Celiac drugs are administered for treating the celiac disease, which is a genetic autoimmune disorder that hampers the body’s ability to break down and digest gluten. Celiac disease is also referred to as gluten-sensitive enteropathy and celiac sprue, and primarily damages the lining of the small intestine of a person suffering from this disorder. Any damage to the lining of the small intestine renders it unable to absorb nutrients from other folate, fat, calcium, and iron. Gluten is a protein that is primarily found in wheat, is also present in rye and barley.
The celiac drugs market is thus dedicated to addressing the many undesirable symptoms of the celiac disease, such as stunted growth, dermatitis herpetiformis, weight loss, abdominal pain, musculoskeletal problems, and iron deficiency, among others. Besides these symptoms, the celiac drugs market also needs to address the more serious health complications that can result from the celiac disease. These include: Infertility, intestinal cancer, seizures, osteoporosis, birth defects, and gall bladder malfunction. Studies have linked celiac disease to several other serious diseases including Type 1 diabetes.
In Absence of Definitive Celiac Drugs, Prevention Remains Only Way to Avoid Complications Resulting from Celiac Disease
There is a huge opportunity that companies in the celiac drugs market are trying to harness. There is currently no cure for the celiac disease, which means that the first mover in the celiac drugs market stands to gain a massive advantage. The only way to steer clear of the ill effects of the celiac disease is by maintaining a diet that is 100% free of gluten.
Here’s a look at some of the facts about the gap in the celiac drugs market based on fast facts provided on the website of the National Foundation for Celiac Awareness (these figures were updated in 2014):
- About 1 in every 133 Americans suffers from celiac disease, which translates into 1% of the American population. The disease affects both men and women irrespective of race or age.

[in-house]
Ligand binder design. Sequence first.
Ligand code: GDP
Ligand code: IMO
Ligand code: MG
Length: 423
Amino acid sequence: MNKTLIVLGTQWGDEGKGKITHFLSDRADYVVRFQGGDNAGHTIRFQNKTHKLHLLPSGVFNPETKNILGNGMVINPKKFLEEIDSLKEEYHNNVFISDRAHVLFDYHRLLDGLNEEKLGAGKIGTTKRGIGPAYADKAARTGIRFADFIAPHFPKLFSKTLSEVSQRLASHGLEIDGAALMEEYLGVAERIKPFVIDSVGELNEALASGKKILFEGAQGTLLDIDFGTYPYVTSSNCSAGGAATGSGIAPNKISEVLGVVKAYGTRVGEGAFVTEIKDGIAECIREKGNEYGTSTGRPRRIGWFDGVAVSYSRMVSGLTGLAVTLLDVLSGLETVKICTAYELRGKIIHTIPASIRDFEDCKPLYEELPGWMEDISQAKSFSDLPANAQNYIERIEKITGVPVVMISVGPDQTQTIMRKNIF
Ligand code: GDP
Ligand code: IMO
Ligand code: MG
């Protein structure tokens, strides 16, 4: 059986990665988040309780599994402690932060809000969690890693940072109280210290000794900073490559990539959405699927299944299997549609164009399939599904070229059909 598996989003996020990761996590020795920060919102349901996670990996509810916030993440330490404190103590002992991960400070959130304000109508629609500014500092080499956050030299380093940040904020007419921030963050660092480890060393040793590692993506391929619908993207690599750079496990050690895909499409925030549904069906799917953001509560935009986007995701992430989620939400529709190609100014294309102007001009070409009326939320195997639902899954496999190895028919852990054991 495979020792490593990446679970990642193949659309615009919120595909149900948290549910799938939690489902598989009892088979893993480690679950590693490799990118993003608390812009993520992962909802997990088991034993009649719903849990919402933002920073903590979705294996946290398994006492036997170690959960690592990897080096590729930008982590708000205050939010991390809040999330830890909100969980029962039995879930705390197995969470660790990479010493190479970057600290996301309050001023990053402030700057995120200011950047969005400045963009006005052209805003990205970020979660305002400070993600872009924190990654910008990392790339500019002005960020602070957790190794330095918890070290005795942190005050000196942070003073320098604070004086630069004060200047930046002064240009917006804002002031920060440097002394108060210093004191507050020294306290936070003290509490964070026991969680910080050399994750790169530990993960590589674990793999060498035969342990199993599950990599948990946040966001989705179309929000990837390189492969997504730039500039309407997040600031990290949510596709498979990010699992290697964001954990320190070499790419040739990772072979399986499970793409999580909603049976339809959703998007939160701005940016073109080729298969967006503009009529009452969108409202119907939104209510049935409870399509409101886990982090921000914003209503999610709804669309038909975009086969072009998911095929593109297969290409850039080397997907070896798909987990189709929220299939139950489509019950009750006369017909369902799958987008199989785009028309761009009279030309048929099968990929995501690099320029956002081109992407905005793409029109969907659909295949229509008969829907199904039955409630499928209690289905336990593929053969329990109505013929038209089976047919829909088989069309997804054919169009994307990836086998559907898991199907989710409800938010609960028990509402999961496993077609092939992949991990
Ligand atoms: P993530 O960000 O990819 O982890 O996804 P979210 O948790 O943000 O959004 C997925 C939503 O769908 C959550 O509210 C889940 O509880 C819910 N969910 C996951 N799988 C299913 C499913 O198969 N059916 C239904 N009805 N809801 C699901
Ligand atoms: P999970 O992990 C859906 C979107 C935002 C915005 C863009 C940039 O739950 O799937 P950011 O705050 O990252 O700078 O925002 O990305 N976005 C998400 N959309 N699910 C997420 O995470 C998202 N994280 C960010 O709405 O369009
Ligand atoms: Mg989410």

- Studies show that an alarming 83% of Americans who suffer from celiac disease are actually misdiagnosed or stay undiagnosed. In fact, it takes the average person about 6 to 10 years to be correctly diagnosed.
- Studies have also shown that between 5% and 22% of all celiac patients typically have an immediate family member suffering from the same diseases
- The growing incidence of celiac disease has already led to an expansion of the gluten-free market. By the end of 2010, the sales of gluten-free products approximated US$2.6 billion and market watchers expect that by 2015 end, the sales will have surpassed US$5 billion.
The Market for Celiac Drugs will Scale New Heights Owing to Expanding Patient Pool
Currently, the most lucrative region for the global celiac drugs market is North America because the number of people suffering from celiac diseases is high, but there is an absence of effective treatment. There is an increase in the number of celiac disease patients in Asia as well, especially in densely populated countries such as China and India. This presents a lucrative opportunity for the celiac drugs market in the APAC region, especially since awareness is on the rise. Government funding for the development of celiac drugs has also seen an uptick in Asia.
Most recently, there have been reports about larazotide acetate showing positive effects on people suffering from celiac disease. Currently, companies and establishments such as Alvine Pharmaceuticals, Inc., ImmusanT, Alba Therapeutics Corporation, and the Institute for Protein Design are engaged in developing celiac drugs.
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